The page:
March 23, 2016

Dear friends,

I declare spring officially under way. I don’t care what the calendar says or if signs of winter linger. A jonquil bud I plucked from the garden is blooming on my kitchen window sill, so I planted a row of radishes and traded my jeans for capris. Now I’m ready to change my soups and stews for fresh-tasting food brightened with fresh herbs.

One meal that deftly spans the seasons is my chevre-stuffed pork loin with Cara Cara orange sauce. It looks and tastes like a million but it’s easy to make and takes just 45 minutes to roast. Two skinny pork tenderloins are butterflied and pounded to an even thickness. Goat cheese, raisins, pine nuts and fresh rosemary are sprinkled on one piece of meat, topped with the other, rolled up and tied. After roasting, the meat is sliced to reveal the pretty insides, and topped with an orange sauce that is merely ingredients shaken up in a jar.
You can use any type of orange for the sauce. I used

Cara Cara because of the gorgeous color and because they are starting to show up in local supermarkets now. The Cara Cara is a hybrid navel orange first spotted in Venezuela in the 1970s. It has a dark-pink interior that is low in acid, which makes it taste super-sweet. The oranges are exceptionally juicy and the flavor has floral hints. For cooks, though, the big draw is the color. They look beautiful in citrus tarts and salads.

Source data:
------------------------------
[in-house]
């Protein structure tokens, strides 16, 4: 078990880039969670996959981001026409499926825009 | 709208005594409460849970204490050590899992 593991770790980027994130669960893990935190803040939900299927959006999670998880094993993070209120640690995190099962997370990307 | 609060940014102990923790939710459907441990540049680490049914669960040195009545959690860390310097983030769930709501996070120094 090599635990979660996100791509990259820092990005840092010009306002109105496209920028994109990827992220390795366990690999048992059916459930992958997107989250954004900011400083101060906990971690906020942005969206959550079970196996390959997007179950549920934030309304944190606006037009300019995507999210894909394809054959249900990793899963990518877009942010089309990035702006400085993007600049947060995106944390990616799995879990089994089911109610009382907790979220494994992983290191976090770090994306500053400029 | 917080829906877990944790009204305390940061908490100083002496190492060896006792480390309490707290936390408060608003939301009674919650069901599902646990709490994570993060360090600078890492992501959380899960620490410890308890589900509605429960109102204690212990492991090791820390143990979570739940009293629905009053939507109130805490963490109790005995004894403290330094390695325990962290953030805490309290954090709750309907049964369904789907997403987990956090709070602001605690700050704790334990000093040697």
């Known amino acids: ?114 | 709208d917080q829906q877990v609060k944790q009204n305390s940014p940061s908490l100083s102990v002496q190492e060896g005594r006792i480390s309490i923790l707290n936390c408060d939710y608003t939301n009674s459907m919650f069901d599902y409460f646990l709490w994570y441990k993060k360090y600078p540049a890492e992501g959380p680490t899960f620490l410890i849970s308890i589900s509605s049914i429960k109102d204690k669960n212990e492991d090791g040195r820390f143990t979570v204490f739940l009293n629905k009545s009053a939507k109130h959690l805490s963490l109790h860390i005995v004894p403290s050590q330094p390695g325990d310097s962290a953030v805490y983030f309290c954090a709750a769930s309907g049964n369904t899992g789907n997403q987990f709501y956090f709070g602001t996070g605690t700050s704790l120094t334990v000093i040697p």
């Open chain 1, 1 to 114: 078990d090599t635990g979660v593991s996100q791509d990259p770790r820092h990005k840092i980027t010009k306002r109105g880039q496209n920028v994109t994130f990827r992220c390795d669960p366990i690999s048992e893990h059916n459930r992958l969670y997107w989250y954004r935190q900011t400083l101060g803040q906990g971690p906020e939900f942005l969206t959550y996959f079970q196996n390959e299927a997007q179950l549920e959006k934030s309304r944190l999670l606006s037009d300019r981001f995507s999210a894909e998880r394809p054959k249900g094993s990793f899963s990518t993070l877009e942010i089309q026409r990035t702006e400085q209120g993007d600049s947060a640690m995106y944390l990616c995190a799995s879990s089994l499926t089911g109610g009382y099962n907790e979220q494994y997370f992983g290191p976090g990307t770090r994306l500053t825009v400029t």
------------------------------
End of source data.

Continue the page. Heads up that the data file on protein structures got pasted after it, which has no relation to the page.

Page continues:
They also look beautiful garnishing this roast. Buy two so you can juice one and slice the other to arrange on a platter with the pork. Your meal will look as pretty as spring.

CHEVRE-STUFFED PORK TENDERLOINS WITH ORANGE DRIZZLE
•    1/3 cups golden raisins
•    1/3 cups port wine
•    2 pork tenderloins, well-trimmed of fat
•    Sea salt, fresh-ground pepper
•    4 oz. French-style goat cheese
•    1/2 tsp. minced fresh rosemary
•    1/3 cup pine nuts
•    3 tbsp. extra virgin olive oil
•    1/3 cup Cara Cara orange juice (or other fresh-squeezed orange juice)
•    2 tbsp. lime juice
•    1 tbsp. honey
•    1/4 cup minced cilantro